The braincase and endocranial cavity of a specimen of a nonmammalian eucynodont Chiniquodon is described and illustrated, and a tentative reconstruction of the gross anatomy of the brain offered. Salient features are the well-developed impression for the olfactory lobes, the extreme narrowness of the region available for the telencephalon, and the evidence for a large cerebellum. A two-step theory for the origin of the mammalian brain is proposed. The first step is represented by the nonmammalian cynodont level and consisted of enlargement of the cerebellum and possibly midbrain structures. This stage is associated with the evolution of more sophisticated neuromuscular control of the mandibular and locomotory apparatuses. The second step was the evolution of the mammalian six-layered neocortex, and did not occur until the origin of the mammals themselves. This stage was an integral part of a complex set of allometric changes associated with miniaturization. The origin of the neocortex was correlated with sensitivity to higher frequency sound, and a greater area of olfactory epithelium, both expected to result from miniaturization, and also with the availability of increased space within the cranial cavity expected as the adductor jaw musculature was relatively reduced in mass. Overall, neocortical function was associated with the high energy nocturnal foraging activity generally believed to have appertained in the first mammals, and also sophisticated social communication.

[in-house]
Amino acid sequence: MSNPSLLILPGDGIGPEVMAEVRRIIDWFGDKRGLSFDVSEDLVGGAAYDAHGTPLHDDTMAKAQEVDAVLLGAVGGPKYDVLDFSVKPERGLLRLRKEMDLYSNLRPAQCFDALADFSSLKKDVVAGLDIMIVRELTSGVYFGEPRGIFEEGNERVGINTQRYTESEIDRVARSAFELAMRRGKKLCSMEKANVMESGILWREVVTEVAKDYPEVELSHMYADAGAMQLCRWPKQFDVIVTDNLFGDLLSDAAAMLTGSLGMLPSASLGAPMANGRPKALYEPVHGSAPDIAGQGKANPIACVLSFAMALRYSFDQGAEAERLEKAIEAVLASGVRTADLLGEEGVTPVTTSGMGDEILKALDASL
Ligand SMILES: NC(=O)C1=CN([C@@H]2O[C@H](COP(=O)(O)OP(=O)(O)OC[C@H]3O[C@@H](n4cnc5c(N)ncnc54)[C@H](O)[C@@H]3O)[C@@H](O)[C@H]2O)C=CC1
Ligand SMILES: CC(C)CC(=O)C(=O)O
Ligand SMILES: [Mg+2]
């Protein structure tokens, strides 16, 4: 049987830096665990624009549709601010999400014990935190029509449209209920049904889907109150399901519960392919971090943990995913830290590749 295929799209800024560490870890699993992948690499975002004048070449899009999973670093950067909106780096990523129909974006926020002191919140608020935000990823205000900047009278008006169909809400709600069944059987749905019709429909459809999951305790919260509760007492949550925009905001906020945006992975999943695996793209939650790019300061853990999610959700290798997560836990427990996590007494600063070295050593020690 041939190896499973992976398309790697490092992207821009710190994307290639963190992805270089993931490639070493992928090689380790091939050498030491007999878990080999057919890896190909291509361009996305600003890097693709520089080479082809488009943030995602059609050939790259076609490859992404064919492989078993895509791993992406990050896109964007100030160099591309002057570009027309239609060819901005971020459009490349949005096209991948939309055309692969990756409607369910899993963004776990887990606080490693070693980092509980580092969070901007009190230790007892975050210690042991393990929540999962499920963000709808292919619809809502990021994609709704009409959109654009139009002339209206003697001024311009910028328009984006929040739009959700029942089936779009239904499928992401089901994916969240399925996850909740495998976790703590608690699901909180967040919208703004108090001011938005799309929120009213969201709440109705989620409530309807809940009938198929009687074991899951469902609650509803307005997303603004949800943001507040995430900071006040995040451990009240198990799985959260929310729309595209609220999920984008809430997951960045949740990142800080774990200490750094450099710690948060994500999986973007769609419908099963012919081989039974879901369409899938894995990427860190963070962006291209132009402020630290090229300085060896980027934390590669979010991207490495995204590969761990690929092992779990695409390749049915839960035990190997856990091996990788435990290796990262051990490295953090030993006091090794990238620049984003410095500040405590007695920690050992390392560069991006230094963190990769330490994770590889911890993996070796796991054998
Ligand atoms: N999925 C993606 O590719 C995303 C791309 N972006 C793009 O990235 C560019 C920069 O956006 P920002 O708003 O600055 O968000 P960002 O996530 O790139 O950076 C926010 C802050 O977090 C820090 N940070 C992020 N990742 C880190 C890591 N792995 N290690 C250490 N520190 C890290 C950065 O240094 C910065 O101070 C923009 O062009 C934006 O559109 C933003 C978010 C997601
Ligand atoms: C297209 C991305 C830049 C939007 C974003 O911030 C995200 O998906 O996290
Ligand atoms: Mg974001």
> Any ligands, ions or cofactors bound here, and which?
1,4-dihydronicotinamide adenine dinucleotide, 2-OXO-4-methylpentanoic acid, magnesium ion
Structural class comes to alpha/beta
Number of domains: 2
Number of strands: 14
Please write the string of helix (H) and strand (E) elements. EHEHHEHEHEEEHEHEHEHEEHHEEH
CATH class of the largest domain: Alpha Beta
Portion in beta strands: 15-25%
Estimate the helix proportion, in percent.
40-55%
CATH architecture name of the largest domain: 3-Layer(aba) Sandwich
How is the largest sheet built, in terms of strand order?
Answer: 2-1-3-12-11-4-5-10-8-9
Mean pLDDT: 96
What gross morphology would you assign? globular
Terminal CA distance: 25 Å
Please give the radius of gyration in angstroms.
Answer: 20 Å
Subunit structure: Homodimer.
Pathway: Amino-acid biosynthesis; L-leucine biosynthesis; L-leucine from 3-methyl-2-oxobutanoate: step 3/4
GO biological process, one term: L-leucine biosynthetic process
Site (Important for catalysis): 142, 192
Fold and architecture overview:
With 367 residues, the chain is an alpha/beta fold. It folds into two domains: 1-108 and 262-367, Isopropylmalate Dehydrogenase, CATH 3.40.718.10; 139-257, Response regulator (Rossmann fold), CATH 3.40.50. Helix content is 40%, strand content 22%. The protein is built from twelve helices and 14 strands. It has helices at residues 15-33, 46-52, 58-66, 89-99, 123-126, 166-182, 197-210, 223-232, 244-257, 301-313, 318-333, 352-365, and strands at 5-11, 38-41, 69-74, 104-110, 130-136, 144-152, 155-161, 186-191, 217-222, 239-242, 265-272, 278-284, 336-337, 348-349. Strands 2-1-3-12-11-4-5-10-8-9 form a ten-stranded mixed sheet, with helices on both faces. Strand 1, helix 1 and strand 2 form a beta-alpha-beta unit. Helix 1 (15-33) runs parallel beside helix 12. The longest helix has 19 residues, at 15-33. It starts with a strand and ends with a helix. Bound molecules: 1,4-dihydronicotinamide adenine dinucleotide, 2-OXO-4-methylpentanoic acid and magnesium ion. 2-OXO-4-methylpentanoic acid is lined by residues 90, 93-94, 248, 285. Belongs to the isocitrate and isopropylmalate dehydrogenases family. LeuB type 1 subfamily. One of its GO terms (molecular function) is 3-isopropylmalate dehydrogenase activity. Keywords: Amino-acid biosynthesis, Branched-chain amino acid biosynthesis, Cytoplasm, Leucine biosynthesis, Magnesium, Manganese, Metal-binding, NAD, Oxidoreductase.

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Vol. 29 • No. 4